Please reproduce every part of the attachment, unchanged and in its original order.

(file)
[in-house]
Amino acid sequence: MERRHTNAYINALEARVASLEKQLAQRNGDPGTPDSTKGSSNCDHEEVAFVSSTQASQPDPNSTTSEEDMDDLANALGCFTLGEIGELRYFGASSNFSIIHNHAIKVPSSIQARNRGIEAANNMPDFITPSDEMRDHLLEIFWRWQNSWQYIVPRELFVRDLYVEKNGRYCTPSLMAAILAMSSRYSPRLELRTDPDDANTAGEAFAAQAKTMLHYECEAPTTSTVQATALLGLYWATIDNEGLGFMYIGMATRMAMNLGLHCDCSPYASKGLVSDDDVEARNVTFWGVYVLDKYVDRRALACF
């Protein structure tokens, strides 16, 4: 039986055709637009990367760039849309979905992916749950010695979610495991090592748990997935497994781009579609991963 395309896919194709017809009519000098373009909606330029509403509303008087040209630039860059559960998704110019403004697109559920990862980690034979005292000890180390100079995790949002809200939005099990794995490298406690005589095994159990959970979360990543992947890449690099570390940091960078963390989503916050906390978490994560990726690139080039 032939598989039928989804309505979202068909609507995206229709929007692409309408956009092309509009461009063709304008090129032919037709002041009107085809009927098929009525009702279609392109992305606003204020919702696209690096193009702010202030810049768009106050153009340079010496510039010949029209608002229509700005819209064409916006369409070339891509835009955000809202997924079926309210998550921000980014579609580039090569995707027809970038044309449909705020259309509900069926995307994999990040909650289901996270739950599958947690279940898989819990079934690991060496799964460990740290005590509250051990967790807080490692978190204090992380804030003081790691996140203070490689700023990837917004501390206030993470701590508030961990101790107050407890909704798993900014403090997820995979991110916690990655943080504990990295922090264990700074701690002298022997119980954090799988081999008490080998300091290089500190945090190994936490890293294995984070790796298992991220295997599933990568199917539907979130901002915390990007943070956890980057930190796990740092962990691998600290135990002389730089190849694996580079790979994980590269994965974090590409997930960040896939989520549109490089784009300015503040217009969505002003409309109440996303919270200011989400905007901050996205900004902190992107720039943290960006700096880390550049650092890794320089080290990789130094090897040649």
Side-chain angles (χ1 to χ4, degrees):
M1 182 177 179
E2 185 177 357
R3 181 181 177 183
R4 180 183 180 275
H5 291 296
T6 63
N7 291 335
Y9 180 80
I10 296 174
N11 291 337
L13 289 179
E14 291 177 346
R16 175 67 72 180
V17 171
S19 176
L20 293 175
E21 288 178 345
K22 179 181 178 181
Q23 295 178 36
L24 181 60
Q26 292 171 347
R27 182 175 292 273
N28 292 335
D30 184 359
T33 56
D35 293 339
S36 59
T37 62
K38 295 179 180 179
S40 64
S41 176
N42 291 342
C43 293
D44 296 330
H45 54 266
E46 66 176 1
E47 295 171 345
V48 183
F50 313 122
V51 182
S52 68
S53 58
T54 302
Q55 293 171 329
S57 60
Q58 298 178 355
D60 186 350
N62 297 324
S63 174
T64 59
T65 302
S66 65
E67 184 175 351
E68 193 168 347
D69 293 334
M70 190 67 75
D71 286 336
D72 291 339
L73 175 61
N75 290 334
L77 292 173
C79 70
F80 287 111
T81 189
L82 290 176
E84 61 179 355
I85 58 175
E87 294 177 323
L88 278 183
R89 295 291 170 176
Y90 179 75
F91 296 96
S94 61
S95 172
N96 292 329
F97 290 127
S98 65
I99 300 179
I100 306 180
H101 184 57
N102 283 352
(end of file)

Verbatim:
[in-house]
Amino acid sequence: MERRHTNAYINALEARVASLEKQLAQRNGDPGTPDSTKGSSNCDHEEVAFVSSTQASQPDPNSTTSEEDMDDLANALGCFTLGEIGELRYFGASSNFSIIHNHAIKVPSSIQARNRGIEAANNMPDFITPSDEMRDHLLEIFWRWQNSWQYIVPRELFVRDLYVEKNGRYCTPSLMAAILAMSSRYSPRLELRTDPDDANTAGEAFAAQAKTMLHYECEAPTTSTVQATALLGLYWATIDNEGLGFMYIGMATRMAMNLGLHCDCSPYASKGLVSDDDVEARNVTFWGVYVLDKYVDRRALACF
């Protein structure tokens, strides 16, 4: 039986055709637009990367760039849309979905992916749950010695979610495991090592748990997935497994781009579609991963 395309896919194709017809009519000098373009909606330029509403509303008087040209630039860059559960998704110019403004697109559920990862980690034979005292000890180390100079995790949002809200939005099990794995490298406690005589095994159990959970979360990543992947890449690099570390940091960078963390989503916050906390978490994560990726690139080039 032939598989039928989804309505979202068909609507995206229709929007692409309408956009092309509009461009063709304008090129032919037709002041009107085809009927098929009525009702279609392109992305606003204020919702696209690096193009702010202030810049768009106050153009340079010496510039010949029209608002229509700005819209064409916006369409070339891509835009955000809202997924079926309210998550921000980014579609580039090569995707027809970038044309449909705020259309509900069926995307994999990040909650289901996270739950599958947690279940898989819990079934690991060496799964460990740290005590509250051990967790807080490692978190204090992380804030003081790691996140203070490689700023990837917004501390206030993470701590508030961990101790107050407890909704798993900014403090997820995979991110916690990655943080504990990295922090264990700074701690002298022997119980954090799988081999008490080998300091290089500190945090190994936490890293294995984070790796298992991220295997599933990568199917539907979130901002915390990007943070956890980057930190796990740092962990691998600290135990002389730089190849694996580079790979994980590269994965974090590409997930960040896939989520549109490089784009300015503040217009969505002003409309109440996303919270200011989400905007901050996205900004902190992107720039943290960006700096880390550049650092890794320089080290990789130094090897040649």
Side-chain angles (χ1 to χ4, degrees):
M1 182 177 179
E2 185 177 357
R3 181 181 177 183
R4 180 183 180 275
H5 291 296
T6 63
N7 291 335
Y9 180 80
I10 296 174
N11 291 337
L13 289 179
E14 291 177 346
R16 175 67 72 180
V17 171
S19 176
L20 293 175
E21 288 178 345
K22 179 181 178 181
Q23 295 178 36
L24 181 60
Q26 292 171 347
R27 182 175 292 273
N28 292 335
D30 184 359
T33 56
D35 293 339
S36 59
T37 62
K38 295 179 180 179
S40 64
S41 176
N42 291 342
C43 293
D44 296 330
H45 54 266
E46 66 176 1
E47 295 171 345
V48 183
F50 313 122
V51 182
S52 68
S53 58
T54 302
Q55 293 171 329
S57 60
Q58 298 178 355
D60 186 350
N62 297 324
S63 174
T64 59
T65 302
S66 65
E67 184 175 351
E68 193 168 347
D69 293 334
M70 190 67 75
D71 286 336
D72 291 339
L73 175 61
N75 290 334
L77 292 173
C79 70
F80 287 111
T81 189
L82 290 176
E84 61 179 355
I85 58 175
E87 294 177 323
L88 278 183
R89 295 291 170 176
Y90 179 75
F91 296 96
S94 61
S95 172
N96 292 329
F97 290 127
S98 65
I99 300 179
I100 306 180
H101 184 57
N102 283 352